Jurrjens, on the other hand, is almost the opposite of Lowe—much younger, a fly-ball pitcher, and cheaper (3 years of arbitration left)—but he was also hurt for most of last season. On the bright side, his FIP is usually a little lower (3.59 and 3.68 the two years previous), but he would likely cost more in prospects.

Carl Pavano

I know, I know. You don’t want to ever hear his name mentioned again, but I’m going to offer it anyway. Yes, he got hurt for pretty much all of his last contract with the Yankees, and yes, it would be an awkward reunion. However, that doesn’t mean the Yankees shouldn’t do it, and he’s the only free-agent pitcher left who’s really worth anything. His FIPs have hovered at exactly 4 for the past two seasons, and he’s been worth almost 7 wins while throwing 420 innings for the Twins over those two seasons. I don’t know if he’d want to come back or if Cashman would stomach doing so, but he may very well be the best option for the Yankees at 3 years and $39-42 million.

Andy Pettitte

I really don’t know what to make of this situation, but it seems that he’s been leaning towards retiring. However, recent events may force the Yankees to really campaign for him to come back, and he may feel inclined to give it one more go for a team in trouble. I really don’t know if he’ll come back, but he’s an excellent option and the chances are probably better than they were yesterday.

James Shields/Matt Garza

Here are a couple of other names that have been bandied about, but I don’t know that the two teams would be willing to trade within the division. Not doing so simply because they both reside in the same division would be moronic—both teams would have to face their former players—but it seems to prevent trades fairly often. Anyway, neither of the pitchers is really anything special, and they are probably getting more attention than they deserve. Shields has declined in FIP the last three seasons (from 3.82 to 4.24) while his home-run rate has risen, but he is adding more strikeouts (while also adding more walks), which could be a good sign if he can harness that a little more to lower the walks again. Shields is also signed through 2014 at very reasonable prices.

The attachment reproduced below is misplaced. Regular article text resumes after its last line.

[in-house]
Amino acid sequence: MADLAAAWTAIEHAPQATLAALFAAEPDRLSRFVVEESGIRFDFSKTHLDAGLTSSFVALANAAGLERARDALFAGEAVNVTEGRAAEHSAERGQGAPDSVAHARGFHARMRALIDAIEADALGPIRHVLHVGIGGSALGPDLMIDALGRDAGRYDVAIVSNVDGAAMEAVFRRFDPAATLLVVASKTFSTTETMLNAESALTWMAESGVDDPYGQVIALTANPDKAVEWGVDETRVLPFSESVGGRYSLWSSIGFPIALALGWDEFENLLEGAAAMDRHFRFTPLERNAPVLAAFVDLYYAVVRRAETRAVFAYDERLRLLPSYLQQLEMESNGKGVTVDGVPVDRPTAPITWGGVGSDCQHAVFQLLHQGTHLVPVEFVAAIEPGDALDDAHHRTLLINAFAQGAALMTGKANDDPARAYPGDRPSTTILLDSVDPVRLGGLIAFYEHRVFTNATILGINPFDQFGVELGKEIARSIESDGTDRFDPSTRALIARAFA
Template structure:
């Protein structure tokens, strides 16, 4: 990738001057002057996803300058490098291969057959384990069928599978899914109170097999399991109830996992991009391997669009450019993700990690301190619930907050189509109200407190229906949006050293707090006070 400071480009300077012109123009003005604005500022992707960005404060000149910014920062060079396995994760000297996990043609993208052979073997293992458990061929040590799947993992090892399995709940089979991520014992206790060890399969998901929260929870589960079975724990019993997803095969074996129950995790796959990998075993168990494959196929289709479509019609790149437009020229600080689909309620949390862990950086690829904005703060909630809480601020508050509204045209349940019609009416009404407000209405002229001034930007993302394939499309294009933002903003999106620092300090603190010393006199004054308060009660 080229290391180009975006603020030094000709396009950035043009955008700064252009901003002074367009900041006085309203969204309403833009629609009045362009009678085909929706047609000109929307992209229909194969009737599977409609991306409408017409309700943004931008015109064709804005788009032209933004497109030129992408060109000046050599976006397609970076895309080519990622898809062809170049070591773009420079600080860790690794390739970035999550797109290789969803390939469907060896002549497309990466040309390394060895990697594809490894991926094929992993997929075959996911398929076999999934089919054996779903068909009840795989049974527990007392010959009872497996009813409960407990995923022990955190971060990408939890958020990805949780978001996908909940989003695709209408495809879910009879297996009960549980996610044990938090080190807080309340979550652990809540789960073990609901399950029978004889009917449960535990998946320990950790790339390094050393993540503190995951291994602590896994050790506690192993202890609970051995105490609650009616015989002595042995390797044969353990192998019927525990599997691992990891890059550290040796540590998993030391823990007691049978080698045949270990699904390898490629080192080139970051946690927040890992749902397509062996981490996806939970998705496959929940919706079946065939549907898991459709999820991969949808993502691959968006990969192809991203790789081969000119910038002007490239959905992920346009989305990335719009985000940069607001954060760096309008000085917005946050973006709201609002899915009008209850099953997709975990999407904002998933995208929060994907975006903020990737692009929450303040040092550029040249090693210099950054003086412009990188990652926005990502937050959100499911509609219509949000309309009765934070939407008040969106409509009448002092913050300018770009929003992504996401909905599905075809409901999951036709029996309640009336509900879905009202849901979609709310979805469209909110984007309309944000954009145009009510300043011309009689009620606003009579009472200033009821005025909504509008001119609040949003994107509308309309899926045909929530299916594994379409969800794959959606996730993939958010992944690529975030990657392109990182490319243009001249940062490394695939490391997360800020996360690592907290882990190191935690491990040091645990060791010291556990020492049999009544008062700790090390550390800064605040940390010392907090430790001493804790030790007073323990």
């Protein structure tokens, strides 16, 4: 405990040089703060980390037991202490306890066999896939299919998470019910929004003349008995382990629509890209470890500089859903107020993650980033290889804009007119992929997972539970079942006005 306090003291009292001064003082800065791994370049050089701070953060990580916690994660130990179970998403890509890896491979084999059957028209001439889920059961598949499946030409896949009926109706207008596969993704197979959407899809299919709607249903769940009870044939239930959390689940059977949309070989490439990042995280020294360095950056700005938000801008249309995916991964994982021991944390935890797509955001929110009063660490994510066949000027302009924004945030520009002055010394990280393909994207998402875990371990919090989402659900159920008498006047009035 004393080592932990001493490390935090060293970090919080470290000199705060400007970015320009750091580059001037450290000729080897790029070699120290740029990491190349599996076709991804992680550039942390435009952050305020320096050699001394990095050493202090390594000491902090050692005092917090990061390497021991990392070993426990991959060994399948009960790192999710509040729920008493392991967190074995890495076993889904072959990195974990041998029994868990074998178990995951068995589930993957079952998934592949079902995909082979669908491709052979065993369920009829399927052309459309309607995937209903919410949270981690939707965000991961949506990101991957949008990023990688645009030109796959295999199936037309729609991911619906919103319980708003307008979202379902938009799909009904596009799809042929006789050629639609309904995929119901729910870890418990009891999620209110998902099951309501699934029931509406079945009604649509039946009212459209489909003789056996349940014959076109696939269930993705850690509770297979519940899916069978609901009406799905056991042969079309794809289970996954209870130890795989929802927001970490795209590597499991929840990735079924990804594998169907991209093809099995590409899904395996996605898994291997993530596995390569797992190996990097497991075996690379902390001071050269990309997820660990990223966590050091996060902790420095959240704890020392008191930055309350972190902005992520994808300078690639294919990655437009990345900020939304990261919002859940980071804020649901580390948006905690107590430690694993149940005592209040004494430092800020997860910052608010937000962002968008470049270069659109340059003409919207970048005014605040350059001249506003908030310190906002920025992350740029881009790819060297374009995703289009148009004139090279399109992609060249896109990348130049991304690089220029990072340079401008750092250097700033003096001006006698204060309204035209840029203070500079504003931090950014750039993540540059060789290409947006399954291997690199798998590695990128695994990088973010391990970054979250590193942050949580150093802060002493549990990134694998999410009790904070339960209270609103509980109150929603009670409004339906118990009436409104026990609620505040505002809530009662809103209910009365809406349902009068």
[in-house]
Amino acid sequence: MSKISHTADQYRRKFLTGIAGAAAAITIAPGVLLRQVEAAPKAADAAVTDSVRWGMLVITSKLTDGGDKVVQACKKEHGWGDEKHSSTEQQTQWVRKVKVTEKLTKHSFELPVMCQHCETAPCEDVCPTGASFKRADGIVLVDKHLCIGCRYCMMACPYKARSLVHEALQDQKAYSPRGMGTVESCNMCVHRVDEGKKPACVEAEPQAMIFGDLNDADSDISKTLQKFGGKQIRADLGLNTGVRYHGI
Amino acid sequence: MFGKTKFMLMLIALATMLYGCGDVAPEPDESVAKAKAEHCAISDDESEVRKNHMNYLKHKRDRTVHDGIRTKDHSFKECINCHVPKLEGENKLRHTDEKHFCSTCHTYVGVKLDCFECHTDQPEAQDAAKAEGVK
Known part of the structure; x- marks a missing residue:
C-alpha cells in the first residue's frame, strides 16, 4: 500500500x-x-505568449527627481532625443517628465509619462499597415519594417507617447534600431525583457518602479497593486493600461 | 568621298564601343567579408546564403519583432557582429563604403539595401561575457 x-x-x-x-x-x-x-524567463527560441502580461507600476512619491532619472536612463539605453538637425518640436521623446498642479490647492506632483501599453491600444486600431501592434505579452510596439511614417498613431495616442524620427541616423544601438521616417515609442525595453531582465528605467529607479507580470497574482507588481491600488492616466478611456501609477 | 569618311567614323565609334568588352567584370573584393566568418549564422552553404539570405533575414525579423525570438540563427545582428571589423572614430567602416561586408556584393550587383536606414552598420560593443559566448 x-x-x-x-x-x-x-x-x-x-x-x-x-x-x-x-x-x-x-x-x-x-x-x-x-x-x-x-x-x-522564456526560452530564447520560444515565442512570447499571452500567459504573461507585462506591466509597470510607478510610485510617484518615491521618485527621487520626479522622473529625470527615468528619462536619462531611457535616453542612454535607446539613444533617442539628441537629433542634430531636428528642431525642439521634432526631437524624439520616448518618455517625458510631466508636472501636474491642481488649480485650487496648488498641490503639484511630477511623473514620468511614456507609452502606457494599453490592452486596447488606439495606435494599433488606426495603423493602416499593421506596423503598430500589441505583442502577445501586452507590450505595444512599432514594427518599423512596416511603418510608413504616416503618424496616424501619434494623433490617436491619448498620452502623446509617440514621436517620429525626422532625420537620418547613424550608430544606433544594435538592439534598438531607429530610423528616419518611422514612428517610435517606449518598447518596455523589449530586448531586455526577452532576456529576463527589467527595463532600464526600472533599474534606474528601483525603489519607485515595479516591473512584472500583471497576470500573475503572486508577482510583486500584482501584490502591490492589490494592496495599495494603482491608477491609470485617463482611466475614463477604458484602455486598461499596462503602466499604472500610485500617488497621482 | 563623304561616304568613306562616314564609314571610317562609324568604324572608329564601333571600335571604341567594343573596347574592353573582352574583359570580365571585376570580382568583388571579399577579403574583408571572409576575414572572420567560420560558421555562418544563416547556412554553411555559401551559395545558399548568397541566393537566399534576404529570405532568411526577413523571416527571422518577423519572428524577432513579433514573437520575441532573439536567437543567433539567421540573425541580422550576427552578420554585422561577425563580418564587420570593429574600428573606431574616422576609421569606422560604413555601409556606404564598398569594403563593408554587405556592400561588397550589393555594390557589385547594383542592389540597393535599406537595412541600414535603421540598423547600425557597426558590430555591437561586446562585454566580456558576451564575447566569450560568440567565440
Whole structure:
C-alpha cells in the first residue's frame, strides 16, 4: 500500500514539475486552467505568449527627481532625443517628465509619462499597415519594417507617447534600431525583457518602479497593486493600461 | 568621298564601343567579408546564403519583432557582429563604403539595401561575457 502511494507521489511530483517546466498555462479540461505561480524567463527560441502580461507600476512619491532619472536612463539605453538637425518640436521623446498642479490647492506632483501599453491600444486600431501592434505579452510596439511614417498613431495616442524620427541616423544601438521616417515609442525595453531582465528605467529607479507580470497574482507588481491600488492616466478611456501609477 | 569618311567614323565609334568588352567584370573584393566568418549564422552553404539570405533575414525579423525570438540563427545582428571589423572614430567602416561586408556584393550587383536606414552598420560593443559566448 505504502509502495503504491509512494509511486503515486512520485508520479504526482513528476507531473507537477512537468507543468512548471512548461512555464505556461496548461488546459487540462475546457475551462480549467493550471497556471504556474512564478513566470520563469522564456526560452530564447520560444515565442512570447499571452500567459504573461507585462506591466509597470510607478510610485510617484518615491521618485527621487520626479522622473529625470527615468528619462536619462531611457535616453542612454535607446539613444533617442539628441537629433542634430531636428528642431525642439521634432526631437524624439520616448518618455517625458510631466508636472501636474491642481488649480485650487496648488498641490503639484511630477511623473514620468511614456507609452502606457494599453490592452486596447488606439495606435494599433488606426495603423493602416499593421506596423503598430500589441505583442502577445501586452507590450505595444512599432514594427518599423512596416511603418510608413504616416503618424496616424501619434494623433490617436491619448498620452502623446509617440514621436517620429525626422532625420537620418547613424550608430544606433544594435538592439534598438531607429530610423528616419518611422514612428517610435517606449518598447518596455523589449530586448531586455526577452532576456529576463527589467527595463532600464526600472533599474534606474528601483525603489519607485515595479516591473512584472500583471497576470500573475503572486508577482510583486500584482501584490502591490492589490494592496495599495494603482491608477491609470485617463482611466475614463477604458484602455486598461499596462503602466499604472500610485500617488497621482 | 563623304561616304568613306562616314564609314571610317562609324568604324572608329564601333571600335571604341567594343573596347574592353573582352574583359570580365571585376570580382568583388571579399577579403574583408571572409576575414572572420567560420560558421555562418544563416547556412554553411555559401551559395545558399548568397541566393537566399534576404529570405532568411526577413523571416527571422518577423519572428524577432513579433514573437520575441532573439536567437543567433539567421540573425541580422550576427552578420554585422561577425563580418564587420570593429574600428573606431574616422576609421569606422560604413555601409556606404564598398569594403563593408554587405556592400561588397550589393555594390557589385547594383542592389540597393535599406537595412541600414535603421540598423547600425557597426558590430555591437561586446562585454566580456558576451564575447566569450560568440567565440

Garza has been the most talked about replacement for Lee and Greinke, but he may be less impressive than Shields and may cost more during his next three years of arbitration. He’s been worth 2-3 wins the past three seasons, and he has the potential to be better than that. However, he has yet to really put it together, and despite the low-ish ERAs, he may disappoint.


These are just some options, but I have to say that it doesn’t look promising. The best-case scenario would probably be to trade for Greinke and re-sign Pettitte, which would lead to a rotation of CC, Greinke, Andy, AJ, and Phil, but I don’t know how likely that would be. Although the Braves and Rays have surplus pitching, the Braves want to get rid of Kenshin Kawakami instead, and the Rays may not want to trade in their division. That leaves Pavano and Pettitte, and they each have their own obstacles (coming back to NY and retirement, respectively). Within the farm system, the pitching is certainly on its way up, but Banuelos and Betances need AA seasoning, Noesi and Brackman could use some time in AAA, and Nova needs only to be the 5th man. On plus side in all of this, the Yankees have some advantages. They have plenty of money to go after any potential trade target, and they have the prospects to acquire them. Stay tuned. It’s not the end of the world, and Cashman has a plan (Will will elaborate further later on in the week).

Any other creative solutions?

UPDATED: Russell Martin? Yes!

So, let’s say that Martin should be ready for Opening Day (which is actually reasonable). What are the Yankees going to get from him? Russell Martin was one of the most valuable players in baseball in 2007, and he was pretty good again in 2008. Nothing about those years was particularly fluky, but his ISO dropped from .176 to .116 to .079 to .085. His amazing 2007 is out of the question, but 2008 isn’t. He usually has a BABiP around .300, but he’s been around 20 points below that over the past few seasons while not losing anything off his LD%, BB%, or K% (his K% went up this past season, but those numbers don’t include about 50 games that were in other seasons, which could have balanced it out). Considering all of this, he’s probably somewhere between his 2008 line of .280/.385/.396 and his 2009 line of .250/.352/.329, and because those seasons gave him 4.6 and 2.2 fWAR, he’d be around a 3-win player if he could play 140-150 games. If he caught around 100 games, he’ll probably be around 2-2.5 wins, which would be worth about $8.5-9.5 million. He’s no longer the absolute stud from 2007, but he’s a catcher who can still get on base at an excellent clip for a catcher, which makes him fairly valuable. LA seems to have become frustrated with what he could be instead of accepting what he is (or have serious concerns with his health, but we’re assuming he’s okay, or at least on schedule, because we haven’t heard otherwise) because they just gave up a guy who has still been worth at least 2 wins the past 2 seasons.